The Emmys think Barry is a comedy? Don’t make me laugh

One-word genre labels are losing relevance because they can’t keep up with what television, in the streaming age, has become.

Reading through the nominations list for this year’s Emmy Awards – to be held on the morning of 13 September AEST – one thing stuck out to me:

Nominee for Outstanding Comedy Series: Barry (season 3).

Now, I love Barry, I think it’s an ‘Outstanding Series’, but I have to wonder – was the third season really a comedy? 

Created and written by Bill Hader, who also serves as the show’s star and frequent director, Barry follows its titular character as he tries to leave his life as a hitman to pursue acting in LA. The first two seasons draw plenty of comedy out of this premise, satirising Los Angeles and the entertainment industry, introducing a comically ineffective Chechen mob and the emerging comedic genius of Anthony Carrigan, and packing in plenty of laugh-out-loud one-liners.

But the third season takes a notable turn toward the dramatic, amping up the violence and pushing many of the characters to their darkest points yet. This most recent season wound back the laughs, and stretched out the tension; I think it’s kind of foolish and bizarre to label it a comedy.

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This isn’t just a problem for dramatic ‘comedies’ either. The incredible 25 nominations for HBO’s hit series Succession raise their own questions. The show is nominated for ‘Outstanding Drama Series’, and a slew of actors are nominated in categories for best performances in a drama series, but isn’t Succession more of a satire than a straightforward drama?

While Succession seems, on paper, to be a Very Serious Show about Very Serious People, a lot of its merit comes from the mockery of its characters, and the satire of their grossly privileged world. If the show was to play as a straightforward drama, I think it would be out-of-touch and alienating, rather than celebrated as a hyper-relevant satire.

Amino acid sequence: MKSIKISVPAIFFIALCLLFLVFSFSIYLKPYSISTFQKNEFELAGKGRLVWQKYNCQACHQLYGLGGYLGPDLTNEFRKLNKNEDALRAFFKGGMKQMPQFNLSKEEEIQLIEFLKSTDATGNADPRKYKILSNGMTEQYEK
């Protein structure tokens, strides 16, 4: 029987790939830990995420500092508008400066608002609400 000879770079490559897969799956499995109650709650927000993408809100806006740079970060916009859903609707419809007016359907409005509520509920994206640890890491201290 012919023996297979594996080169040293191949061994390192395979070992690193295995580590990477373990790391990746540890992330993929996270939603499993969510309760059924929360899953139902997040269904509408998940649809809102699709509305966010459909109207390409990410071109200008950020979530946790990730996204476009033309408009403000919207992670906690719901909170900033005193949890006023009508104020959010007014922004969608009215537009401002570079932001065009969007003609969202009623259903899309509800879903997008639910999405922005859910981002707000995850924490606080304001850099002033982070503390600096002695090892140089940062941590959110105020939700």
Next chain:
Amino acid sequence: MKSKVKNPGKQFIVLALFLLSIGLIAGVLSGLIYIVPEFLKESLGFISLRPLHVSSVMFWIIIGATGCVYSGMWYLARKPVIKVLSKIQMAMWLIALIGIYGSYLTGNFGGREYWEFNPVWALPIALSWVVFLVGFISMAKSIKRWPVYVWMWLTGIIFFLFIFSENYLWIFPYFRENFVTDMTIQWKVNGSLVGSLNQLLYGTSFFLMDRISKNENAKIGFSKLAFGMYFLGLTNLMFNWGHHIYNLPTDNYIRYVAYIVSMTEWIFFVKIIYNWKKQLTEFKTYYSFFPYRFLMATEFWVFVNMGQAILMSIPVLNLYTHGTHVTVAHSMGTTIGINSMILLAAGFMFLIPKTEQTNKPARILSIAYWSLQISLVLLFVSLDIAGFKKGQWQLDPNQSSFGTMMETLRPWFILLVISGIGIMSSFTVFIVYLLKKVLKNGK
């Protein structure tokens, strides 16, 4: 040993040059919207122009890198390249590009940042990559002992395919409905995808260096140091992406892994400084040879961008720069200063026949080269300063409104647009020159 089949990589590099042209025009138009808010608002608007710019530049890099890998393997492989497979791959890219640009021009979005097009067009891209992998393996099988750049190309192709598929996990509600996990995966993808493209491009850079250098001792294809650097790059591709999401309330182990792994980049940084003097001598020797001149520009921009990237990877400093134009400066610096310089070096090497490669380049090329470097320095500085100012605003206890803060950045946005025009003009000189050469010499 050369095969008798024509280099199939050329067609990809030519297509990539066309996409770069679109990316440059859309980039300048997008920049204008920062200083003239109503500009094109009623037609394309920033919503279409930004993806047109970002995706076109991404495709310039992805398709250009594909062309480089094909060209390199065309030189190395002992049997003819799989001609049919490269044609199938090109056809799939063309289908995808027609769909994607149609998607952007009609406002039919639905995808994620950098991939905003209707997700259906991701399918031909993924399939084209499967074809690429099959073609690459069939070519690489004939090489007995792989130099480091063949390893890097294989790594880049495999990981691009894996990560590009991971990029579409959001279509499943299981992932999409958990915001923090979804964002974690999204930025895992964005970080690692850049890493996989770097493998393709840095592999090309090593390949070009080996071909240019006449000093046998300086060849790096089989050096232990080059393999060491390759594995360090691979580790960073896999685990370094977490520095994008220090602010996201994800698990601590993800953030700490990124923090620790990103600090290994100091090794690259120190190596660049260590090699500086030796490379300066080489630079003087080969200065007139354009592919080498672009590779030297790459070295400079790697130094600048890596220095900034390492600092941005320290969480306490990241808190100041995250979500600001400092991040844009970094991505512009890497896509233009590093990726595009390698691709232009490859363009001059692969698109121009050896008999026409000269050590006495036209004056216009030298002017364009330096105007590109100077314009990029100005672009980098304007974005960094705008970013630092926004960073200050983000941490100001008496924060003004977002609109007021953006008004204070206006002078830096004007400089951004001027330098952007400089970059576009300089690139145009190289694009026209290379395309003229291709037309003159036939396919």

The writers and directors of Succession never forget how ridiculous these characters and their lives are, and the show constantly asks its audience to laugh at out-of-touch, childish, melodramatic and sheltered one-percenters.

The camera work reminds us of this too, zooming in rapidly to film characters’ reactions when something particularly egregious happens, adding an exclamation point to a joke and asking: ‘Did you see that? Wasn’t it ridiculous?’ The characters’ problems, the tension of the show, and its status as a ‘drama’ are constantly undercut by the ridiculousness of their hyper-privileged worlds in a distinctly comedic way.

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Of course, Bill Hader’s Barry (which also stars Henry Winkler) sounds like a comedy, and the names Brian Cox and Jeremy Strong give Succession some dramatic weight. But shouldn’t the Television Academy be smarter than this, and think about more than star associations when classifying TV?

Are genres categories irrelevant?

Genre labels are simple ways to make new shows understandable and appealing, but television is becoming increasingly complex and diverse. Shows are scattered around broadcast television, streaming and cable TV, and appeal to more niche, fragmented audiences than the television of broadcast, mass appeal, and network television of the past. One-word labels are losing relevance because they can’t keep up with what television has become.

Furthermore, why are actors who contribute to the comedic aspects of drama still nominated in categories for dramas? Why are Nicholas Braun and Kieran Culkin, who contribute much more to the comedy of Succession than they do to the series’ dramatic elements, nominated for Best Supporting Actor in A Drama Series? It would seem a strange fit if they won the category, wouldn’t it? 

Better Call Saul, at least, straddling comedy and drama deftly, does at least have some technical nominations that fit the bill, ie ‘Outstanding Sound Mixing for a Comedy or Drama Series’

Scrap it

Maybe the Emmys should scrap genre categories altogether and throw all the shows and actors into one mega-category! Or they could separate series by episode length and have half-hour shows in one category, and longer-form episodes in another. Perhaps the best way to go about award categories is to recognise the different platforms and formats of the series, broadcast TV vs. streaming.

Maybe actors could be nominated for a different category than their show? Nicholas Braun for comedy and Succession for drama? Could you nominate hybrid series for both categories, and put Barry and Succession in comedy and drama if they deserve both of the nominations? 

Is the whole idea of the award show outdated? It seems they’re already losing their credibility as markers of success, as TV fandoms and the internet has the power to praise, elevate and advocate for a series without the need for a golden trophy.

These days, we’re empowered through the internet to reject formal awards and accolades and engage with our favourite or most hated shows through LetterBoxd reviews, Twitter fandoms, TikTok reactions and Instagram fan pages instead.

As a fan of both, I’ll be happy if Barry wins for comedy and Succession for drama but the days of the Television Academy having the final say on how good – or even what – a show is are clearly numbered.